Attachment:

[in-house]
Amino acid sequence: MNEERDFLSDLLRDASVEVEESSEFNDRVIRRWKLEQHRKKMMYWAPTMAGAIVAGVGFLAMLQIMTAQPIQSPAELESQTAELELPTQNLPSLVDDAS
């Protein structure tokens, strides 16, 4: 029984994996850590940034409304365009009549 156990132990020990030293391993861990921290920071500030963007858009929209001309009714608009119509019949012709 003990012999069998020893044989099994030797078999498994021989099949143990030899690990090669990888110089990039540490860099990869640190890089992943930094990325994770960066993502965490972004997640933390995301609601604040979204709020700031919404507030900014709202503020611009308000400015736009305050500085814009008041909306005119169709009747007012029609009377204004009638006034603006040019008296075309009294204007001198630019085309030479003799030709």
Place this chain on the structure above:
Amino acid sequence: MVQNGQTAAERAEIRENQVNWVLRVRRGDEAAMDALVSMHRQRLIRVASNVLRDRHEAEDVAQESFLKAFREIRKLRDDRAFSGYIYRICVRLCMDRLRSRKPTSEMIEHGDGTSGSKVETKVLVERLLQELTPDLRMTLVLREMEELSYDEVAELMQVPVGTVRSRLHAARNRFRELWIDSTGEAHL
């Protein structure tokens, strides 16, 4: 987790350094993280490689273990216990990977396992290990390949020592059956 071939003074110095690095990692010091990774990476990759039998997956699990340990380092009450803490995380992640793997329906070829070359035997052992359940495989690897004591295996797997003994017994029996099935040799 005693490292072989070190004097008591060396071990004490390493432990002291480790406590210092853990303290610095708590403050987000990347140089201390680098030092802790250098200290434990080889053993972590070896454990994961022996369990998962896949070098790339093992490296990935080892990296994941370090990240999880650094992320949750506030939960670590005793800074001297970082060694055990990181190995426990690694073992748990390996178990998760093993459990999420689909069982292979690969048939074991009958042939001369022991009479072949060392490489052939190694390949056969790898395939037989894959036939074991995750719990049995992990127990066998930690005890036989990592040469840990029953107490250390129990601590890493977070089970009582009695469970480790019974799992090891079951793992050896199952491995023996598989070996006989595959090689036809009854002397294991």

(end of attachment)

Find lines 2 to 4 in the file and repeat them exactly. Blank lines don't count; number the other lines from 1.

Amino acid sequence: MNEERDFLSDLLRDASVEVEESSEFNDRVIRRWKLEQHRKKMMYWAPTMAGAIVAGVGFLAMLQIMTAQPIQSPAELESQTAELELPTQNLPSLVDDAS
């Protein structure tokens, strides 16, 4: 029984994996850590940034409304365009009549 156990132990020990030293391993861990921290920071500030963007858009929209001309009714608009119509019949012709 003990012999069998020893044989099994030797078999498994021989099949143990030899690990090669990888110089990039540490860099990869640190890089992943930094990325994770960066993502965490972004997640933390995301609601604040979204709020700031919404507030900014709202503020611009308000400015736009305050500085814009008041909306005119169709009747007012029609009377204004009638006034603006040019008296075309009294204007001198630019085309030479003799030709």
Place this chain on the structure above: